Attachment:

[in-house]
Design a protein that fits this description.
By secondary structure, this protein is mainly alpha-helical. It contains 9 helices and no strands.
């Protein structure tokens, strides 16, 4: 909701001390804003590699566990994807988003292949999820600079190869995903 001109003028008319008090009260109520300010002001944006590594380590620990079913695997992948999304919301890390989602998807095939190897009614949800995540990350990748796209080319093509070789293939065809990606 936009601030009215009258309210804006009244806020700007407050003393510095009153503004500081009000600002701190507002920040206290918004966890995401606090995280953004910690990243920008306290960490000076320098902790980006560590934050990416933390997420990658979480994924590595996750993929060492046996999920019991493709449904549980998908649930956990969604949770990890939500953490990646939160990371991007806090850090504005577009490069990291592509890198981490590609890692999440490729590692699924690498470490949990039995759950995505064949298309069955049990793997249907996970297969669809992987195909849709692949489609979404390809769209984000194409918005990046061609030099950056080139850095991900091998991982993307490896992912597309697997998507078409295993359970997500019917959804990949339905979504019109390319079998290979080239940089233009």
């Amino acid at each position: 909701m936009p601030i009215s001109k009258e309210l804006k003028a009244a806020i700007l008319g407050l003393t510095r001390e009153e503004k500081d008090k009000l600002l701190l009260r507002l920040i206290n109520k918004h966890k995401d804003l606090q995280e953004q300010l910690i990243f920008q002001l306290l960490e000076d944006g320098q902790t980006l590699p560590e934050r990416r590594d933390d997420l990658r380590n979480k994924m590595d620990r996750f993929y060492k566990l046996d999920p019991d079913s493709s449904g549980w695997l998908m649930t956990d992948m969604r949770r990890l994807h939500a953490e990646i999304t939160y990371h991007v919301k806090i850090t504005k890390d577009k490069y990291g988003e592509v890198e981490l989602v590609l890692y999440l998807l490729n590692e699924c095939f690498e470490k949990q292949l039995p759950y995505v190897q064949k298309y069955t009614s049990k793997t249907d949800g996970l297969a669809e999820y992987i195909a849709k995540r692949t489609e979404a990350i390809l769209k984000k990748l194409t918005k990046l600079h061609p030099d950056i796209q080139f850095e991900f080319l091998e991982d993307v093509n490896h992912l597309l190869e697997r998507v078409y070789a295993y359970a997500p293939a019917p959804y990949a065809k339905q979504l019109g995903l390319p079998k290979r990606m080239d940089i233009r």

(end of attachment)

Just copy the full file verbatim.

[in-house]
Design a protein that fits this description.
By secondary structure, this protein is mainly alpha-helical. It contains 9 helices and no strands.
């Protein structure tokens, strides 16, 4: 909701001390804003590699566990994807988003292949999820600079190869995903 001109003028008319008090009260109520300010002001944006590594380590620990079913695997992948999304919301890390989602998807095939190897009614949800995540990350990748796209080319093509070789293939065809990606 936009601030009215009258309210804006009244806020700007407050003393510095009153503004500081009000600002701190507002920040206290918004966890995401606090995280953004910690990243920008306290960490000076320098902790980006560590934050990416933390997420990658979480994924590595996750993929060492046996999920019991493709449904549980998908649930956990969604949770990890939500953490990646939160990371991007806090850090504005577009490069990291592509890198981490590609890692999440490729590692699924690498470490949990039995759950995505064949298309069955049990793997249907996970297969669809992987195909849709692949489609979404390809769209984000194409918005990046061609030099950056080139850095991900091998991982993307490896992912597309697997998507078409295993359970997500019917959804990949339905979504019109390319079998290979080239940089233009």
């Amino acid at each position: 909701m936009p601030i009215s001109k009258e309210l804006k003028a009244a806020i700007l008319g407050l003393t510095r001390e009153e503004k500081d008090k009000l600002l701190l009260r507002l920040i206290n109520k918004h966890k995401d804003l606090q995280e953004q300010l910690i990243f920008q002001l306290l960490e000076d944006g320098q902790t980006l590699p560590e934050r990416r590594d933390d997420l990658r380590n979480k994924m590595d620990r996750f993929y060492k566990l046996d999920p019991d079913s493709s449904g549980w695997l998908m649930t956990d992948m969604r949770r990890l994807h939500a953490e990646i999304t939160y990371h991007v919301k806090i850090t504005k890390d577009k490069y990291g988003e592509v890198e981490l989602v590609l890692y999440l998807l490729n590692e699924c095939f690498e470490k949990q292949l039995p759950y995505v190897q064949k298309y069955t009614s049990k793997t249907d949800g996970l297969a669809e999820y992987i195909a849709k995540r692949t489609e979404a990350i390809l769209k984000k990748l194409t918005k990046l600079h061609p030099d950056i796209q080139f850095e991900f080319l091998e991982d993307v093509n490896h992912l597309l190869e697997r998507v078409y070789a295993y359970a997500p293939a019917p959804y990949a065809k339905q979504l019109g995903l390319p079998k290979r990606m080239d940089i233009r």